Feds: Judges used system to enrich selves
SCRANTON For more than a decade, Mark Ciavarella and Michael Conahan served on the Luzerne County Court of Common Pleas, developing reputations as
On Monday, federal prosecutors revealed the longtime jurists were allegedly working equally hard behind the scenes on a far less noble endeavor enriching themselves at the expense of the public and juveniles who appeared in Luzerne County Court.
They did so in the form of kickbacks
"This is a sad event when individuals who took an oath violate that oath and violate the law," Carlson said at a Monday afternoon press conference at the federal courthouse where he announced charges of conspiring to defraud the IRS and devising a scheme to defraud taxpayers of their honest services had been filed against the jurists.
Carlson said Ciavarella, 58, and Conahan, 56, have signed plea agreements that call for them to serve 87 months in prison and to pay a
The judges have also agreed to resign from office within 10 days after the court accepts their pleas, and will immediately be disbarred from practicing law. Ciavarella resigned as president judge on Friday.
The maximum combined penalty for the two offenses was 25 years in prison and up to $500,000 in fines. Carlson said he believed the plea deal that was worked out serves justice.
The charges stem from a more than
"They sold their oath of office to the highest bidders and engaged in an ongoing scheme to defraud the public," Darren Roberts, chief of the FBI's Scranton office, said at the news conference.
According to the complaint [PDF]:
Conahan removed funding for the
Just prior to its opening, Conahan signed a "placement guarantee agreement" with the facility that guaranteed the courts would pay an annual rental installment of
Ciavarella, the county's longtime juvenile court judge, helped ensure PA Child Care had a high occupancy rate by, at times, ordering children be detained there even when the juvenile probation department felt it was not necessary.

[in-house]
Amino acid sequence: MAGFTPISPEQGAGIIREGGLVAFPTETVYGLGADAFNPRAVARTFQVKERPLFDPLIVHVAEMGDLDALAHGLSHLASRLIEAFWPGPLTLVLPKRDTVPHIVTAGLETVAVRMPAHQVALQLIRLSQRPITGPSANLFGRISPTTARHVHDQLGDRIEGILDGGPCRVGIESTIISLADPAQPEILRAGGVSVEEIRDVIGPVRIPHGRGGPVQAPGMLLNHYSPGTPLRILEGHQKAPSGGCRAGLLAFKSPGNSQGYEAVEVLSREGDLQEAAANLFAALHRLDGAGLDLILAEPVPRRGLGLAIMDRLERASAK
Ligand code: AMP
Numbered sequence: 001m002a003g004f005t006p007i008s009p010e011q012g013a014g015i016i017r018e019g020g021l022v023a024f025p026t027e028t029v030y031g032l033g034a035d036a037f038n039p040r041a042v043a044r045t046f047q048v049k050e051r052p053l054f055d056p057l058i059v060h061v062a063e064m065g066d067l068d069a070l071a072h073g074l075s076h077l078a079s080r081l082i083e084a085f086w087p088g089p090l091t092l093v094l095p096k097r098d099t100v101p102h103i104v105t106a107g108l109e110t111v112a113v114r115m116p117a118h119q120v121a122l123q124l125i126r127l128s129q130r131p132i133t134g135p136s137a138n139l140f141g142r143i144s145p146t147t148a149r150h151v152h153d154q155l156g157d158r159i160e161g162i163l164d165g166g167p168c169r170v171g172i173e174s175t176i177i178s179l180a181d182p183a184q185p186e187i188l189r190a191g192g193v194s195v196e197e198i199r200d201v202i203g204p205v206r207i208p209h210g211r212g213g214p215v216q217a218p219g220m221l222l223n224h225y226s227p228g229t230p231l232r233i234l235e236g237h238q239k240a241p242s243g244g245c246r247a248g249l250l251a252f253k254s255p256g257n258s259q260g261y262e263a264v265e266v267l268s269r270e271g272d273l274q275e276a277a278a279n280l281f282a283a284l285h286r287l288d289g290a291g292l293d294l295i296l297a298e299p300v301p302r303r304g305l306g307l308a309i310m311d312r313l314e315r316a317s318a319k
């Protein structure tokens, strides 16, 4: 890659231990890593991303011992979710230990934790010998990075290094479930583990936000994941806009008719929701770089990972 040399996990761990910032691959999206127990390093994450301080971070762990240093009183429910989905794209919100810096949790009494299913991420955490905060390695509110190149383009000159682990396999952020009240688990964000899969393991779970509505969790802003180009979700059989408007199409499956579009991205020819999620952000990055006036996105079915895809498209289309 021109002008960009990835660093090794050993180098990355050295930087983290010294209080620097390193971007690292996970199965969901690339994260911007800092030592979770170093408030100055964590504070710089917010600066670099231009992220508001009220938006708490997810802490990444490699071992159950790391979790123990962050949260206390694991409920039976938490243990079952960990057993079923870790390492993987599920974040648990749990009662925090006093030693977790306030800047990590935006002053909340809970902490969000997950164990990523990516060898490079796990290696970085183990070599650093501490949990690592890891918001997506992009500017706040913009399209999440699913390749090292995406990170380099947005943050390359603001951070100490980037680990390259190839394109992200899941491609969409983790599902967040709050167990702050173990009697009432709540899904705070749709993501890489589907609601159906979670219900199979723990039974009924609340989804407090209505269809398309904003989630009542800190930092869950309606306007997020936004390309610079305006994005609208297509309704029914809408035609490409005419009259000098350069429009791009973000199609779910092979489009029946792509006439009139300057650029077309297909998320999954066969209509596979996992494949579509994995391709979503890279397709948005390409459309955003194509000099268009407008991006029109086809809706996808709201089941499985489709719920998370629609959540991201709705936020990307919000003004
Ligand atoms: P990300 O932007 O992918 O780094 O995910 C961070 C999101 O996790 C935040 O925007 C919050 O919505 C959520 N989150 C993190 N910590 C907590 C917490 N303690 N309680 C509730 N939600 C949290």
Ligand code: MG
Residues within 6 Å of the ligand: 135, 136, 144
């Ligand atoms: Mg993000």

Ciavarella did that, in part, by establishing a "specialty court" that created a potential for an increased number of juveniles to be sent to PA Child Care.
The judges' actions assisted the two juvenile centers in securing agreements with Luzerne County that were worth "tens of million of dollars" for the placement of juvenile offenders, the complaint says.
The complaint also describes how two others involved in the scheme identified as "participant 1" and "participant 2" funneled money to the judges by disguising the payments as a "broker fee" or as falsely portraying them as rental payments for a Florida condominium.
Carlson would not identify the two participants, but details contained in the complaint indirectly identify them as Powell and Robert Mericle of Mericle Construction, the contractor who built both the PA Child Care and Western PA Child Care facilities.
The complaint notes that in June 2000, Ciavarella had a conversation with a Luzerne County attorney "who was interested in constructing a juvenile detention facility" in the county. Ciavarella then introduced that person to a contractor, a friend of Ciavarella who was later hired by that attorney to build the center.
The complaint also notes several transfers of funds that were made by Mericle Construction and Vision Holdings, a company owned by Powell, that prosecutors contend were made to conceal payments to Conahan and Ciavarella.